Lessig shows how we moved from a pre-industrial world in which most of us were producers to an industrial world in which we have mostly become consumers of mass-produced media. He shows, using music as an example, how we are now moving back to active participation in our experiences from the passive consumption of the late twentieth century. Prior to the invention of radio and the phonograph, composers sold their scores to publishing houses, which in turn sold them, in the form of sheet music, to customers who played the music themselves – at home, at family gatherings, and so on. With the emergence of the new broadcast media technologies, we stopped playing music at home every evening and started listening to it: first on our radios and phonographs and eventually on stereos, and Walkmans. The digital era and Internet, however, has given us the chance to make music instead of merely consuming it. We are now able to grab music from the Web, create mixes, samples, and mash-ups, and redistribute the results. Trent Reznor’s music may not be to everyone’s taste but he has been a keen promoter of people interacting and remixing his music. The website of his band, Nine Inch Nails, has a facility that enables fans to download tracks, remix them, and enter remix competitions.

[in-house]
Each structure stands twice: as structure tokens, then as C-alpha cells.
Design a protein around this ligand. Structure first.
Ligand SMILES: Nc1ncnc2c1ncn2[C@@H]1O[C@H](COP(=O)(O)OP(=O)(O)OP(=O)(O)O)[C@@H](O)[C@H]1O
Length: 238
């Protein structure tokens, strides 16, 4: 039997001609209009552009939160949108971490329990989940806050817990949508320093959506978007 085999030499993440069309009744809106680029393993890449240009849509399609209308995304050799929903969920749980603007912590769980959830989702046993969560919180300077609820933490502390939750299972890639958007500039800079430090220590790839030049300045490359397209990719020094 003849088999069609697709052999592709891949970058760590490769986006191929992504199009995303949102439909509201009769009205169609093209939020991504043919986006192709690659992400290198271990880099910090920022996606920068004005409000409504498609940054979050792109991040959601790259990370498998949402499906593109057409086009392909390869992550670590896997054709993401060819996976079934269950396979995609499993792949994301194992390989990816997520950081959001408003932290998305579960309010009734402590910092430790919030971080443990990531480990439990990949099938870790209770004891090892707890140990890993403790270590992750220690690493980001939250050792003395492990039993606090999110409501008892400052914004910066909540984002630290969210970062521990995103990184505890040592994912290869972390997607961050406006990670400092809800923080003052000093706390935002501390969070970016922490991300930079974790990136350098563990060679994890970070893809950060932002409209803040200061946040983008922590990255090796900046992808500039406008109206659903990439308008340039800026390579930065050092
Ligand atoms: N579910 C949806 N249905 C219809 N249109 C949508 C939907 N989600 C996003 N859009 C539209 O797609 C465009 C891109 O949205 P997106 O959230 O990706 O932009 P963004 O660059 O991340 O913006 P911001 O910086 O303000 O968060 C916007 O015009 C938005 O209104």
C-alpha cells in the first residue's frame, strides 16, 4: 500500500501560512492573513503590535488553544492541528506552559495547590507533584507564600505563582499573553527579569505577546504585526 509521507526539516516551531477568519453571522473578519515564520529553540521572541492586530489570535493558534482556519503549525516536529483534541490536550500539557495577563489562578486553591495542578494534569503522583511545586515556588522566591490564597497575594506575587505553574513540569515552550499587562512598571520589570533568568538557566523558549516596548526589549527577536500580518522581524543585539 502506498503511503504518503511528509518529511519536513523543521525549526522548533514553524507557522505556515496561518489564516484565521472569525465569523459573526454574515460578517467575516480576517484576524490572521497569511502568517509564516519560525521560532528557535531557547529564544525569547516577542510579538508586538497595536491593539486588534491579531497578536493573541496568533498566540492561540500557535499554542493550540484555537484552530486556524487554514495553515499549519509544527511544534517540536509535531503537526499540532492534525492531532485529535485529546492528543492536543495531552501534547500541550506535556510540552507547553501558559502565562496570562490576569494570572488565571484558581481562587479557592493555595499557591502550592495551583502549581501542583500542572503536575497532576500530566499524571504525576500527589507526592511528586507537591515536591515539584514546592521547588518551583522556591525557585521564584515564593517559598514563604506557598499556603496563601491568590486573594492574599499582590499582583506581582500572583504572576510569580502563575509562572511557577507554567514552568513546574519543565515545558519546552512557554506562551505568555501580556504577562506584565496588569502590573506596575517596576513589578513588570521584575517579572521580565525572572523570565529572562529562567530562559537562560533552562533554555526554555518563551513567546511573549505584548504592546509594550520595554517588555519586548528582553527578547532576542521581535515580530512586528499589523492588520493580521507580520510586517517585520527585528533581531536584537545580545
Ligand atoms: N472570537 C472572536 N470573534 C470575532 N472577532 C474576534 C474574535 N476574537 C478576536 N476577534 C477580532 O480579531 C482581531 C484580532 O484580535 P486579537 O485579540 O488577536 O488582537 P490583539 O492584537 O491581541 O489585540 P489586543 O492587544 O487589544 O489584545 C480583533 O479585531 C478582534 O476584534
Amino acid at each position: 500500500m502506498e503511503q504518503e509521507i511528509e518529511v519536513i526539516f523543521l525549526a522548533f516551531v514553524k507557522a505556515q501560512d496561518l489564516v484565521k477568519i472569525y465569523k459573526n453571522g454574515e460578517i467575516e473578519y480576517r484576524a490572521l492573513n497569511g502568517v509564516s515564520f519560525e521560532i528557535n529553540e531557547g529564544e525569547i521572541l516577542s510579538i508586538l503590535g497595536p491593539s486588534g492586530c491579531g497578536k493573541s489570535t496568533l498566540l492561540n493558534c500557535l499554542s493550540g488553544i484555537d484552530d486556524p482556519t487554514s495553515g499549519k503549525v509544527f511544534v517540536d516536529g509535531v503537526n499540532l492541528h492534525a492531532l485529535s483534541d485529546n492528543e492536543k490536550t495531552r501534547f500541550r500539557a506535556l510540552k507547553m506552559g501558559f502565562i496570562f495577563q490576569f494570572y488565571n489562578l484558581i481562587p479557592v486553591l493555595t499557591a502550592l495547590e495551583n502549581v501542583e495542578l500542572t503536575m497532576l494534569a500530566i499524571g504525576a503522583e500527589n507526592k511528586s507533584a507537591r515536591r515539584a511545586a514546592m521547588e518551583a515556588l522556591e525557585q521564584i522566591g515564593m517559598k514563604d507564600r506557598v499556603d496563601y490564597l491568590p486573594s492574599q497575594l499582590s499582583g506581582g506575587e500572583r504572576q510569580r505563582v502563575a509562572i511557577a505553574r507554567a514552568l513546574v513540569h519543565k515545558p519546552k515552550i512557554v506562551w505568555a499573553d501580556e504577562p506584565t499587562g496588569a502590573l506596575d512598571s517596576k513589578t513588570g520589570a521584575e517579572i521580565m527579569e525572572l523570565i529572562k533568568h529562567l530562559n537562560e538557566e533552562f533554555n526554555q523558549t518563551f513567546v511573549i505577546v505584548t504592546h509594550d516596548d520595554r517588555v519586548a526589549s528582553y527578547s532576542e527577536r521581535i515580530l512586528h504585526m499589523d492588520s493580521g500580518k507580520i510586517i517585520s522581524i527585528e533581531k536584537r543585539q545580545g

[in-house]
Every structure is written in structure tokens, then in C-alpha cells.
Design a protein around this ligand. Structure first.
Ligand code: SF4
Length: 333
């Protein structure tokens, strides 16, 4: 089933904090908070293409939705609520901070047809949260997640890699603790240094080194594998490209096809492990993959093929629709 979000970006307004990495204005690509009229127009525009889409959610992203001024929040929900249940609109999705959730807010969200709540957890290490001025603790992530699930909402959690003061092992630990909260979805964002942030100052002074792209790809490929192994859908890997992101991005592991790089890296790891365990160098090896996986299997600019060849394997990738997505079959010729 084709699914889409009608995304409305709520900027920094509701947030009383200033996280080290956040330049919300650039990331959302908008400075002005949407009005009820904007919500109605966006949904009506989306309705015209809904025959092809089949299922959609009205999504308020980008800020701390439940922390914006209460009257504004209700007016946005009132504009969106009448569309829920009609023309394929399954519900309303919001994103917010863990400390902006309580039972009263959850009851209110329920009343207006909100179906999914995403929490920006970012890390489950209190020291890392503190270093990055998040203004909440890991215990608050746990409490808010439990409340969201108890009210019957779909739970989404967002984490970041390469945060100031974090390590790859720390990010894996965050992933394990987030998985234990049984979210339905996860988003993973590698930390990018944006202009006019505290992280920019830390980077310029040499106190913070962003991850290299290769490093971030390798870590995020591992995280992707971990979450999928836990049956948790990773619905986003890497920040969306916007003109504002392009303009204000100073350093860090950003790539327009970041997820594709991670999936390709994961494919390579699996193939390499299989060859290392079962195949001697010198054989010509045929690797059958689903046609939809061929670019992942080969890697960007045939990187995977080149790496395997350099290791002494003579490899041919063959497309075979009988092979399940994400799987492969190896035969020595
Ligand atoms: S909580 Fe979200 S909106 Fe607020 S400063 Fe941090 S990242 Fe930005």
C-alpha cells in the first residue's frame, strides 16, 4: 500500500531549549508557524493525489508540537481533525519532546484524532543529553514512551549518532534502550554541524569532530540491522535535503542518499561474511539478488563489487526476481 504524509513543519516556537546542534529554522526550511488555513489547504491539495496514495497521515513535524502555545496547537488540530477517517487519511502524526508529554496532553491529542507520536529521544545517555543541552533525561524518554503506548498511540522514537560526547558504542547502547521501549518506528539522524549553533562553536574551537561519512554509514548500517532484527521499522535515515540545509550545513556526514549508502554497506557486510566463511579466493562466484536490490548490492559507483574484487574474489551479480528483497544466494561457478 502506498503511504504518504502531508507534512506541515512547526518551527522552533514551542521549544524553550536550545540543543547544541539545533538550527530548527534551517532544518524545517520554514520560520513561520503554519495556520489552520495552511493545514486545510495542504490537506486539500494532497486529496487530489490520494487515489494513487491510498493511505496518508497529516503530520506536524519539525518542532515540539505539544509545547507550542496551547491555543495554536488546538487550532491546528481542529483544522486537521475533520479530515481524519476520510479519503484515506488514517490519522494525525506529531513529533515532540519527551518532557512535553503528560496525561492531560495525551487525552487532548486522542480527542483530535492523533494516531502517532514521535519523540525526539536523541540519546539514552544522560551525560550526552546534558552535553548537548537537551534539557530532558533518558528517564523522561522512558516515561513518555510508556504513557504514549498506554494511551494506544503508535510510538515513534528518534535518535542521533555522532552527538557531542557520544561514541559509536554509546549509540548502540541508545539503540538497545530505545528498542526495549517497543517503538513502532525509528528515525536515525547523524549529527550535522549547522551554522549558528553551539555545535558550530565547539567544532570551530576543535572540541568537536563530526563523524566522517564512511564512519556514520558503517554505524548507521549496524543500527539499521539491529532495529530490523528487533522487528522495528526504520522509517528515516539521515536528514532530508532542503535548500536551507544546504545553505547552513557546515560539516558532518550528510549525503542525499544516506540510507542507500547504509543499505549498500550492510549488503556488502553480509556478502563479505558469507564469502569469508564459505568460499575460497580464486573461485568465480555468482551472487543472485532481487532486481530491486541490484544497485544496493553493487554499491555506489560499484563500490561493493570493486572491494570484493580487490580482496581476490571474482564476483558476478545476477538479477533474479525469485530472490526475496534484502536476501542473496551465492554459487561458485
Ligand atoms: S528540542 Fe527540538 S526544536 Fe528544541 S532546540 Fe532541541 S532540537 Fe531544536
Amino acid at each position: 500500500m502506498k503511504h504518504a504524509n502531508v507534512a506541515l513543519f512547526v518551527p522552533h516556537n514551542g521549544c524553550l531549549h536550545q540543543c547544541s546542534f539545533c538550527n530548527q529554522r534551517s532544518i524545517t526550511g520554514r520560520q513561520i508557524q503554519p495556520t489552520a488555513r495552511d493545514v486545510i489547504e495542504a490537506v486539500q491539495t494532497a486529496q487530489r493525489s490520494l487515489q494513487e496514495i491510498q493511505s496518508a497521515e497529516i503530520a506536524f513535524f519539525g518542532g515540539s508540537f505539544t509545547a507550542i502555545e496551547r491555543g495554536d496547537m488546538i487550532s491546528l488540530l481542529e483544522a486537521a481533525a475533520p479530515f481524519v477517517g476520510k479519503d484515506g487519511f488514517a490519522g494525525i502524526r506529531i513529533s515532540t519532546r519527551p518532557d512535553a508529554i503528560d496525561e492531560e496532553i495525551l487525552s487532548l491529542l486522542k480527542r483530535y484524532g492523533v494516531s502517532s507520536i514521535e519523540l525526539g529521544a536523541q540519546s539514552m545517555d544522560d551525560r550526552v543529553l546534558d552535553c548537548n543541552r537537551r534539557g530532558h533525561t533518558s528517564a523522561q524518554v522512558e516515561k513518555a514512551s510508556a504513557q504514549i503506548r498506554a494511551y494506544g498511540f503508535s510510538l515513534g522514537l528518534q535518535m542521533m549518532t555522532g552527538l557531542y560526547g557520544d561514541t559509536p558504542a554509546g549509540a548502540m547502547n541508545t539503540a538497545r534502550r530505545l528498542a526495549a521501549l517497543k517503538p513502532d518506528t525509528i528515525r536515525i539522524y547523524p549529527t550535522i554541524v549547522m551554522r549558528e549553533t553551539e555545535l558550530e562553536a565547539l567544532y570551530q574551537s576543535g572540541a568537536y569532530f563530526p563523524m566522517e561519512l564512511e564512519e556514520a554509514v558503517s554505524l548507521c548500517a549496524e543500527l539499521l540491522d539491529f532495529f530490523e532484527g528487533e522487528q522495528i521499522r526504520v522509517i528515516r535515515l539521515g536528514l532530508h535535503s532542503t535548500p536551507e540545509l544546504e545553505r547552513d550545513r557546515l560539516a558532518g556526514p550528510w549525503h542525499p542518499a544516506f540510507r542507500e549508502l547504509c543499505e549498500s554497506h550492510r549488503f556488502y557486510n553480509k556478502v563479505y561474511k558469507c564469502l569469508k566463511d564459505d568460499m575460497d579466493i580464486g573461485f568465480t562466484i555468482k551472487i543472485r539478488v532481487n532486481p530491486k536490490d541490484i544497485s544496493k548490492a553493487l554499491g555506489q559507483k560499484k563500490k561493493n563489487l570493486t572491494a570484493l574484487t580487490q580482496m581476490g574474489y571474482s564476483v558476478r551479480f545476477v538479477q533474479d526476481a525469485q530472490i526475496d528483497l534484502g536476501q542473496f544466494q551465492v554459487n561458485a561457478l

People will no longer accept a one way conversation with their service providers. They expect it to be interactive and collaborative. This leads to Rule 2:
When you live in an environment where people are picking, choosing, and creating their own culture, they don’t want Utility but an Interactive Experience.
Globalisation and Automation
Today any job that depends on routines or that can be reduced to a set of rules, or broken down into a set of repeatable steps is at risk.
Thomas Friedman describes this phenomenon perfectly. Friedman had been out in India interviewing people “who spend their days imitating Americans” about what they felt about the U.S. post 9/11.